Look up text in a dictionary
Listen to synthetic speech reading
Change font style
Change color of text
Change color of background
Listen as Jim Fruchterman talks about how an unexpected need increased the number of digital files an individual can download from the Bookshare library (time: 1:12).
One of my favorite stories is, even though Bookshare gives sort of an unlimited library card to people with print disabilities, we do set a download limit of a hundred books per month. And one of the surprising things was that within the first year of Bookshare there are handfuls of people who kept hitting their hundred-book-per-month download limit. And so we sent them emails, said why are you trying to read a hundred books a month? And their answer was that they were browsing. So, for blind people who could never go to a library or a bookstore and look at six books and pick the one they wanted to read, Bookshare made it possible that they could actually download those five or six books, skim a little bit, read a little bit, just like a sighted person does and then pick the book they’re actually going to read. So we now increased the monthly limit to two hundred books for people who are dedicated browsers. It’s basically just leveling the playing field for people with print disabilities so that they don’t start with this disadvantage where they can’t get access to the textbook or to the reference work or to the recommended reading that all their peers do.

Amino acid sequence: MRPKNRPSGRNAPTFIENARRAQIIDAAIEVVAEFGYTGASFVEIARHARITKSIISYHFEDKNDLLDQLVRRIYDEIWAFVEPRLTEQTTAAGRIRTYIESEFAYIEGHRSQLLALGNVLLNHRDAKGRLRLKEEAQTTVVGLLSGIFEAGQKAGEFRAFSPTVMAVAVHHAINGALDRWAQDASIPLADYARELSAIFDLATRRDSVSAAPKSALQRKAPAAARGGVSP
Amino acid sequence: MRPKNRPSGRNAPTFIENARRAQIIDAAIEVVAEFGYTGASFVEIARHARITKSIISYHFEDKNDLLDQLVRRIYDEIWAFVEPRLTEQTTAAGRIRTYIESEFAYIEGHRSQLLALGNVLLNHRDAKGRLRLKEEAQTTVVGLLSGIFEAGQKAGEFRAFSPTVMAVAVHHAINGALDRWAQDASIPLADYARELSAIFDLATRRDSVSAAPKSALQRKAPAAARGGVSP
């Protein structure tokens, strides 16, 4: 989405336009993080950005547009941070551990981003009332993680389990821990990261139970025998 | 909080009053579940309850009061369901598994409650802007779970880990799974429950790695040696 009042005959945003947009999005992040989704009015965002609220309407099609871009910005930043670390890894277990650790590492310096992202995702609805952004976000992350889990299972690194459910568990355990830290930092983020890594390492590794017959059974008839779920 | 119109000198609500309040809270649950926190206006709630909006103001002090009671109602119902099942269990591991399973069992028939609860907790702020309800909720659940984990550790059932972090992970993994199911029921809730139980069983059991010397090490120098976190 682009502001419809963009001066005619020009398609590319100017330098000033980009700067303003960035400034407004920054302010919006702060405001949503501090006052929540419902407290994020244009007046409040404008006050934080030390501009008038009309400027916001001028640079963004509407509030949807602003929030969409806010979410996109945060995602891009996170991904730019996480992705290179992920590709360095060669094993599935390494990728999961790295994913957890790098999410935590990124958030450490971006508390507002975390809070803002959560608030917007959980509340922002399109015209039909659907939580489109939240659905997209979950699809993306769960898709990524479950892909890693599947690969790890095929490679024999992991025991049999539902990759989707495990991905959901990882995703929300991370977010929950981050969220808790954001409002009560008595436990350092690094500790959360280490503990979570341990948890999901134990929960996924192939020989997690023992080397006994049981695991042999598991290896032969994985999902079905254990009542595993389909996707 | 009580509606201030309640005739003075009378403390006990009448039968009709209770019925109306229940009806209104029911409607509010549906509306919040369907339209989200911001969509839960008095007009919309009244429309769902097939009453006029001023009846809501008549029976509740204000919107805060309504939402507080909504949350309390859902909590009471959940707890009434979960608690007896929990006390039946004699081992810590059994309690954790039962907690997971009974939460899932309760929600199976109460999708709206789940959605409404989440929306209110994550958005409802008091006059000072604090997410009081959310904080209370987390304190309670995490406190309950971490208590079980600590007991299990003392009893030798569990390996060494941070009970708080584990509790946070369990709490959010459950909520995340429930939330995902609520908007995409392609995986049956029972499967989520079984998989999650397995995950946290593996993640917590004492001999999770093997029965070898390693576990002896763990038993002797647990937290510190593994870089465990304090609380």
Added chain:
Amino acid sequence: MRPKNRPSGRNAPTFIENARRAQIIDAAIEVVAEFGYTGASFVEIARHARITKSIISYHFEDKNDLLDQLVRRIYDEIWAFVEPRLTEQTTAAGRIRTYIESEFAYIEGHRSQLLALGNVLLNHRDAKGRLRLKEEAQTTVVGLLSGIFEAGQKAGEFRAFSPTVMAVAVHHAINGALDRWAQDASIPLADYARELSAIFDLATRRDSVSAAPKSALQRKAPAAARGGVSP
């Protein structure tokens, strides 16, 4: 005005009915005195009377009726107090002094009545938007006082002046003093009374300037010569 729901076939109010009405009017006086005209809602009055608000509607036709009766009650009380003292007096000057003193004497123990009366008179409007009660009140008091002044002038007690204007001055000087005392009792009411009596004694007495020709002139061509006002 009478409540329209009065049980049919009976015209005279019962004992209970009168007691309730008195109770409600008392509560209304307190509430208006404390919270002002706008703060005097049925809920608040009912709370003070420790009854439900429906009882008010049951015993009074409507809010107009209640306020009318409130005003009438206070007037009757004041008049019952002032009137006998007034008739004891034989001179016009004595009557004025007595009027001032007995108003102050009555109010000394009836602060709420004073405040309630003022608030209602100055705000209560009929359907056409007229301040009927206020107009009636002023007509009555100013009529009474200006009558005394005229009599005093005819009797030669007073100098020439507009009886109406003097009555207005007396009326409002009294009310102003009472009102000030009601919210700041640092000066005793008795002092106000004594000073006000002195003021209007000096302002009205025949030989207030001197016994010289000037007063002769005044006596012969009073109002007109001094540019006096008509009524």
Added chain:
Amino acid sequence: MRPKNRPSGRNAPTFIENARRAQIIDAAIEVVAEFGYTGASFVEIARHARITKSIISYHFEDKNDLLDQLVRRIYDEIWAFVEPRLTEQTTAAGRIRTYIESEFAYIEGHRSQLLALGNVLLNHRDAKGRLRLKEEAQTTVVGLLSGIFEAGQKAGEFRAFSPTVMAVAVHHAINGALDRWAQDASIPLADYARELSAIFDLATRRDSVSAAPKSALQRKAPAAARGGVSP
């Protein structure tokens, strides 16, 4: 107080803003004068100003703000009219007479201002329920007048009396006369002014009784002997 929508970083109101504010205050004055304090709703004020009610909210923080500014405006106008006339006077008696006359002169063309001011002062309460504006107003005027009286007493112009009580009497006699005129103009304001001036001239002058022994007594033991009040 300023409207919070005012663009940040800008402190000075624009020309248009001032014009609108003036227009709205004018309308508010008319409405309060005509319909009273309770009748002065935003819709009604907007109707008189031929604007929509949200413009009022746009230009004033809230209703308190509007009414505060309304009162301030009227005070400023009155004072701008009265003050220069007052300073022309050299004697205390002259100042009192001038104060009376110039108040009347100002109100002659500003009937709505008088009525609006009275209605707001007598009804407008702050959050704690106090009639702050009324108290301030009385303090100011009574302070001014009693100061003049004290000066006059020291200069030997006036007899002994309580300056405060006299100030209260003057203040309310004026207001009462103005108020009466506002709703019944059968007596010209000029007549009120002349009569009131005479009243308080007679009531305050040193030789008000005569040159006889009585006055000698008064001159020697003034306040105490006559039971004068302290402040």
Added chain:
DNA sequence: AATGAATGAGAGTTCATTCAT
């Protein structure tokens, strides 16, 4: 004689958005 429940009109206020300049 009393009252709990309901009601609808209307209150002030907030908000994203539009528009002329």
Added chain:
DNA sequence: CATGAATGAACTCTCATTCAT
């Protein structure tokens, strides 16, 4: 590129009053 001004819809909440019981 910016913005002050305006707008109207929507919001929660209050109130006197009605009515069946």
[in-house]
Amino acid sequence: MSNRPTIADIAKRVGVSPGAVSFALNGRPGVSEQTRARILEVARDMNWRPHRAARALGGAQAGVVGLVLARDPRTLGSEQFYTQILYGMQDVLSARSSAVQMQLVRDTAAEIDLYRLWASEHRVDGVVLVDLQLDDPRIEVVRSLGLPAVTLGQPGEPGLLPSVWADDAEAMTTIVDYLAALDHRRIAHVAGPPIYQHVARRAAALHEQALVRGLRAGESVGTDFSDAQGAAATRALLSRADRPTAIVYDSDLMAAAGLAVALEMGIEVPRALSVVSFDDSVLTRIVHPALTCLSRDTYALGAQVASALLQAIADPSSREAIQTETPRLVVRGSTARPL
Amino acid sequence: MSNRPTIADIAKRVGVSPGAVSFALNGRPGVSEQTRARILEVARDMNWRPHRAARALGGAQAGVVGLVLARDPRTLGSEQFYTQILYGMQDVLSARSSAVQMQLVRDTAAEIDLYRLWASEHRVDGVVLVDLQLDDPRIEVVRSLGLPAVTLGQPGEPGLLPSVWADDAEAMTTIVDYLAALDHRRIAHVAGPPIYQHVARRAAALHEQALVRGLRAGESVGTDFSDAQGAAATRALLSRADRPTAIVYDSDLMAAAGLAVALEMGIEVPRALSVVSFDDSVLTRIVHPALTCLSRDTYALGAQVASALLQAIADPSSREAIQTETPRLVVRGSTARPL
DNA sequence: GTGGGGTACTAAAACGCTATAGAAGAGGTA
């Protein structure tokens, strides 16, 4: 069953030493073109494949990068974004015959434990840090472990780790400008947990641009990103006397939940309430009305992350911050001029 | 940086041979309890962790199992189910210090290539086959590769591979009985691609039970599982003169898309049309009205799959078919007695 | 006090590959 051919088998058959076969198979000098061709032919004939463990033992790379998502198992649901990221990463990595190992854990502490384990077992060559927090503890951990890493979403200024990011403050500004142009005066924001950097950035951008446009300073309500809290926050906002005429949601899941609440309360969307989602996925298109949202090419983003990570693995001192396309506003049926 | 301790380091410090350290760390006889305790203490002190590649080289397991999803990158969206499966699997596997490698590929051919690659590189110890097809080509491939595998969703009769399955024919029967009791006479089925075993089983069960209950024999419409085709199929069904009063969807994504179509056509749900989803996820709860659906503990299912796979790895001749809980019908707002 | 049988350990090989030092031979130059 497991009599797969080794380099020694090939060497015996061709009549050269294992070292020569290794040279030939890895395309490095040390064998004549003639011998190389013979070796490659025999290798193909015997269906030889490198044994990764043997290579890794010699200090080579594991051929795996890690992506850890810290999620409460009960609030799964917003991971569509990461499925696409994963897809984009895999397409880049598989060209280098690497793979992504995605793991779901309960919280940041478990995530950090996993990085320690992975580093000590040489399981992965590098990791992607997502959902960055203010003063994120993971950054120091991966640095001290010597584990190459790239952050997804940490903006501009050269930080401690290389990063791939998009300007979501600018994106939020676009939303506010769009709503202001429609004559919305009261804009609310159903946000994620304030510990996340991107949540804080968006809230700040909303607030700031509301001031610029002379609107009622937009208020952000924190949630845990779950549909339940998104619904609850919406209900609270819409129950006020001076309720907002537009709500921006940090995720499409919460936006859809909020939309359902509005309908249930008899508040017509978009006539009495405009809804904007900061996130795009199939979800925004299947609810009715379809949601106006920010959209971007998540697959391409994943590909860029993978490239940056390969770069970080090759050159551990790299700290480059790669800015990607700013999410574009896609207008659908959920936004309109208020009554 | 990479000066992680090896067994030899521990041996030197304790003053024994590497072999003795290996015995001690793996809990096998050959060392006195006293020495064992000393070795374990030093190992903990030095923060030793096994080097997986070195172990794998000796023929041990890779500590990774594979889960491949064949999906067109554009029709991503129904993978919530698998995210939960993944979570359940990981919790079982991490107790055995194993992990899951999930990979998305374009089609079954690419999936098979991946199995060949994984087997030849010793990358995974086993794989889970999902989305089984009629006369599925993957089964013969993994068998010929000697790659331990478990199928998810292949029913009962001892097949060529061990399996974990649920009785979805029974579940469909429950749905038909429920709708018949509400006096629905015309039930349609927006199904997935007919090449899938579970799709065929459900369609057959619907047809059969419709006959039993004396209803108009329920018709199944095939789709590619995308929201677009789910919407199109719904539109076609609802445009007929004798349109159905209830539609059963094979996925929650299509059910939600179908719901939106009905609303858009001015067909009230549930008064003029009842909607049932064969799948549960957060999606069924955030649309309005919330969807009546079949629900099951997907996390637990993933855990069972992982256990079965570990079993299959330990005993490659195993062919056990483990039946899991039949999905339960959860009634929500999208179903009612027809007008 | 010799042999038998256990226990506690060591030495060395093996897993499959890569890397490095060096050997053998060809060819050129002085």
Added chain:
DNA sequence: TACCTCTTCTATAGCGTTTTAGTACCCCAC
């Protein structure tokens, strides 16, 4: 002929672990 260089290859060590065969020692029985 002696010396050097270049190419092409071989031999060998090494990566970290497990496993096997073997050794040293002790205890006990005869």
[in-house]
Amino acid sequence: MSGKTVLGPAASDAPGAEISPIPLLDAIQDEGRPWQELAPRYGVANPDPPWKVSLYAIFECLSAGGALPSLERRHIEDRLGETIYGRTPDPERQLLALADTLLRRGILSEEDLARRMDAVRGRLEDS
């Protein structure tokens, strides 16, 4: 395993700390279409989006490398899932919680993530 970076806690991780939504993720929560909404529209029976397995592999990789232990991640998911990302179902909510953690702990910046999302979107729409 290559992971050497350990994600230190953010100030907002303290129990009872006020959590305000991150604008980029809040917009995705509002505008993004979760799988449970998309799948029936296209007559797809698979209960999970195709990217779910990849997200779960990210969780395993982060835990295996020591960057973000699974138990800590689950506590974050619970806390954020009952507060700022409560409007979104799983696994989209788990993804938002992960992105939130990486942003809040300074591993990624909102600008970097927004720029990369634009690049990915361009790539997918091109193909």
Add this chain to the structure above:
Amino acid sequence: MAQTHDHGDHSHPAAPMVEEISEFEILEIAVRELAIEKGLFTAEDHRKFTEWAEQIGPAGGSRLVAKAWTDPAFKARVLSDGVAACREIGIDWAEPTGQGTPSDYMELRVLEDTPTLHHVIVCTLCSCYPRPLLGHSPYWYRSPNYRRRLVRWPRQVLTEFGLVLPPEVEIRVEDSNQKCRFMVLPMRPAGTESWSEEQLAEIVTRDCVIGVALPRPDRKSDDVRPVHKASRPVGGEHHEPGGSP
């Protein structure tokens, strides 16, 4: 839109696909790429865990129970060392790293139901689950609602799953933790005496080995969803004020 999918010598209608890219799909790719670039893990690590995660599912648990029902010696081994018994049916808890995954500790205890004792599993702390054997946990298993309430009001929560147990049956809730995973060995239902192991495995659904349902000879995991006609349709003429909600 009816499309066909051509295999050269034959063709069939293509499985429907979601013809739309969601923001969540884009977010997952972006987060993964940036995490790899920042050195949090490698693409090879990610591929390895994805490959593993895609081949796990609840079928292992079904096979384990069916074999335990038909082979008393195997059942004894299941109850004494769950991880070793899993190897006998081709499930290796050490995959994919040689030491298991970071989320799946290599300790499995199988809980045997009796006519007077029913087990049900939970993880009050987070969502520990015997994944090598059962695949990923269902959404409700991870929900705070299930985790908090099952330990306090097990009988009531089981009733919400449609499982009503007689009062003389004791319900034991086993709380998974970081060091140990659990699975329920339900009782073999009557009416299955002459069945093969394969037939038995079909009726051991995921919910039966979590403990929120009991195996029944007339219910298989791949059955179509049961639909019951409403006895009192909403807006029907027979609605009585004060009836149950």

Organizing Downloaded Files
School personnel should have a system in place for organizing downloaded books and educational materials. It is advisable to set up computer file folders for each student. Here are some suggested configurations for the file management system on your computer:
Create grade-level folders and then, within the grade-level folders, create individual student folders for each qualified student. Add folders for additional subjects as needed.
Middle school/High school
Option 1: Create grade-level folders and then, within those, create individual student folders for each qualified student. Add folders for additional subjects as needed.
Option 2: Create folders for each subject and then create individual folders for each qualified student within each subject folder. Add folders for additional subjects as needed.
In addition to storing the files on a school computer, school personnel can distribute them to students on portable USB devices.